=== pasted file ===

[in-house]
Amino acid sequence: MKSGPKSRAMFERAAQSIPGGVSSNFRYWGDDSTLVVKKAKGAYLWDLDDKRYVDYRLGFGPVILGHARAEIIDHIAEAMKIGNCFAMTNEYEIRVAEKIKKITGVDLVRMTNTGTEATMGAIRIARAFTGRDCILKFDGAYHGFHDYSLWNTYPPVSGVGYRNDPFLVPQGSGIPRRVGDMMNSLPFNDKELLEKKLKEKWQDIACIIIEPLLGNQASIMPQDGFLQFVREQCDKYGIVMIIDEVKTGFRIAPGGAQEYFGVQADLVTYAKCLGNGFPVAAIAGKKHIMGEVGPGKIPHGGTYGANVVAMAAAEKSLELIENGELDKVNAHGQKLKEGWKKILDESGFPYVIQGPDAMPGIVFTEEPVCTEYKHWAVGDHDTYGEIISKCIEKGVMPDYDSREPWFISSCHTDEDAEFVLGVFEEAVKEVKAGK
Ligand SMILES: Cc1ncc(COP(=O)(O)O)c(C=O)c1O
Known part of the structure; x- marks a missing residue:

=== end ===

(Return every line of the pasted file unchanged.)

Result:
[in-house]
Amino acid sequence: MKSGPKSRAMFERAAQSIPGGVSSNFRYWGDDSTLVVKKAKGAYLWDLDDKRYVDYRLGFGPVILGHARAEIIDHIAEAMKIGNCFAMTNEYEIRVAEKIKKITGVDLVRMTNTGTEATMGAIRIARAFTGRDCILKFDGAYHGFHDYSLWNTYPPVSGVGYRNDPFLVPQGSGIPRRVGDMMNSLPFNDKELLEKKLKEKWQDIACIIIEPLLGNQASIMPQDGFLQFVREQCDKYGIVMIIDEVKTGFRIAPGGAQEYFGVQADLVTYAKCLGNGFPVAAIAGKKHIMGEVGPGKIPHGGTYGANVVAMAAAEKSLELIENGELDKVNAHGQKLKEGWKKILDESGFPYVIQGPDAMPGIVFTEEPVCTEYKHWAVGDHDTYGEIISKCIEKGVMPDYDSREPWFISSCHTDEDAEFVLGVFEEAVKEVKAGK
Ligand SMILES: Cc1ncc(COP(=O)(O)O)c(C=O)c1O
Known part of the structure; x- marks a missing residue: